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Sixers claim split with Magic, win 105-94

It wasn't pretty, but Joel Embiid, James Harden, and a better defensive effort in the second half lift Sixers to 105-94 win over Orlando.

Bill Streicher-USA TODAY Sports

The Philadelphia 76ers bounced back from Monday's streak-breaking loss to the Orlando Magic with a 105-94 win in Wednesday night's rematch, with a well-rounded game from Joel Embiid, a switch to their defensive scheme and a little bit of shooting variance luck driving the Sixers' victory.

The game was far from perfect for the home team. Turnover problems persisted for the second game in a row, a combination of Orlando's size and length on defense as well as some carelessness on the Sixers' part. Outside of Joel Embiid and James Harden, few Sixers looked comfortable on offense, and that was especially true of De'Anthony Melton (1-7) and Tyrese Maxey (2-11). And while the Sixers certainly turned in a better defensive showing than they did on Monday night, any time the opponent gets 38 3-point attempts and makes only six of them, you got a little bit lucky as well.

Still, Embiid was dominant early on, then used the attention he received in the second half to create shots for his teammates, James Harden was dynamic as both a scorer and a playmaker the Sixers made a key second-half adjustment, and they picked up a crucial win as they fight for positioning in the Eastern Conference playoff race.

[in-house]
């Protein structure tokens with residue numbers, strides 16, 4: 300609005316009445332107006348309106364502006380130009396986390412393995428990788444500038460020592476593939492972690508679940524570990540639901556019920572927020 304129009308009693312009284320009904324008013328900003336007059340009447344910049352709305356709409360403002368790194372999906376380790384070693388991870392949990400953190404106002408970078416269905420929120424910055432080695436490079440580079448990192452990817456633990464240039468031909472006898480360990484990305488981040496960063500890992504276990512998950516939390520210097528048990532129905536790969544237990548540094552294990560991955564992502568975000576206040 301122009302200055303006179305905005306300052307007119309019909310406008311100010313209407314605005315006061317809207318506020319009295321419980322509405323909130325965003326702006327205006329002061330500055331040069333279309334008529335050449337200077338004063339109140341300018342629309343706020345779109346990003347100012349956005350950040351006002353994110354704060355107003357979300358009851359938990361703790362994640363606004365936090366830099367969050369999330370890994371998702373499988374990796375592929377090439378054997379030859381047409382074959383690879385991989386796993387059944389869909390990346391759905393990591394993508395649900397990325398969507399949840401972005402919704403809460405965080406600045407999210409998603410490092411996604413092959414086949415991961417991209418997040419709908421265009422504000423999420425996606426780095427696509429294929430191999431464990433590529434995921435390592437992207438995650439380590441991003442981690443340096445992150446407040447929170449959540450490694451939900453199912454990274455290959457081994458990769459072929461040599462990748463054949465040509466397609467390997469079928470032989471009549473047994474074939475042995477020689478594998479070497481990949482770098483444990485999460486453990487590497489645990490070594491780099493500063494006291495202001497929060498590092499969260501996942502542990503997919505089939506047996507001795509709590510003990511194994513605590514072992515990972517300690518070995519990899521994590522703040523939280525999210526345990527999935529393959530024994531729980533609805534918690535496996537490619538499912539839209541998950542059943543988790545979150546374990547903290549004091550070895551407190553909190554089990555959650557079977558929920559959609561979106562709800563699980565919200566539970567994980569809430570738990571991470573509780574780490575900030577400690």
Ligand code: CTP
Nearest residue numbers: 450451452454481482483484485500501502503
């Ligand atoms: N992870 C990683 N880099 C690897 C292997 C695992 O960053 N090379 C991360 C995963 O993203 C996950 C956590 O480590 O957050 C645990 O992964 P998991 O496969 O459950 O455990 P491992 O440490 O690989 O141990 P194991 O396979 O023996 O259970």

On last night's win

Box score

The key takeaway

Orlando is, overall, a bad offensive group, averaging just 94.1 points per 100 plays in the half-court, the fifth worst half-court offense in the league, per CleaningTheGlass. That's gotten a tiny bit better here of late, averaging 96.2 points per 100 in the half-court over the last 25 games, but the Steve Nash led Phoenix Suns these are not.

The Magic can be dangerous in two ways. First, Markelle Fultz is just really, really fast with the ball in his hands, and when he forces rotations because of his speed he can use his court vision to kick it out to open shooters. It's part of the reason that many of us (myself included) considered him to be the top prospect in his draft class, before ... well, you know.

Beyond that, the Magic like to run a lot of big-big pick-and-rolls, using their two big, ball-handling forwards Franz Wagner (6'9") and Paolo Banchero (6'10") to gain an advantage.

The Sixers spent most of the second half switching those big-big pick-and-rolls, and did so fairly effectively. Without the benefit of the Sixers' big playing in a drop, Orlando's forward tandem had a difficult time creating in one-on-one situations, with both Embiid and even Montrezl Harrell holding up pretty well when isolated against.

The Sixers weren't perfect, with one play between Harrell and Thybulle sticking out. You can see Harrell calling out the switch, but Thybulle ran through the sign.

But the two got on the same page a few possessions later, and more often than not the Sixers executed down the stretch.

Again, every scheme is going to look better when the other team shoots 6-38 from 3, and a bunch of them were quality looks, including from Orlando's two big forwards. But when their perimeter shots weren't falling the Sixers did a good job of preventing Wagner and Banchero from getting anywhere off the dribble in the half-court, which was key.

Turning point

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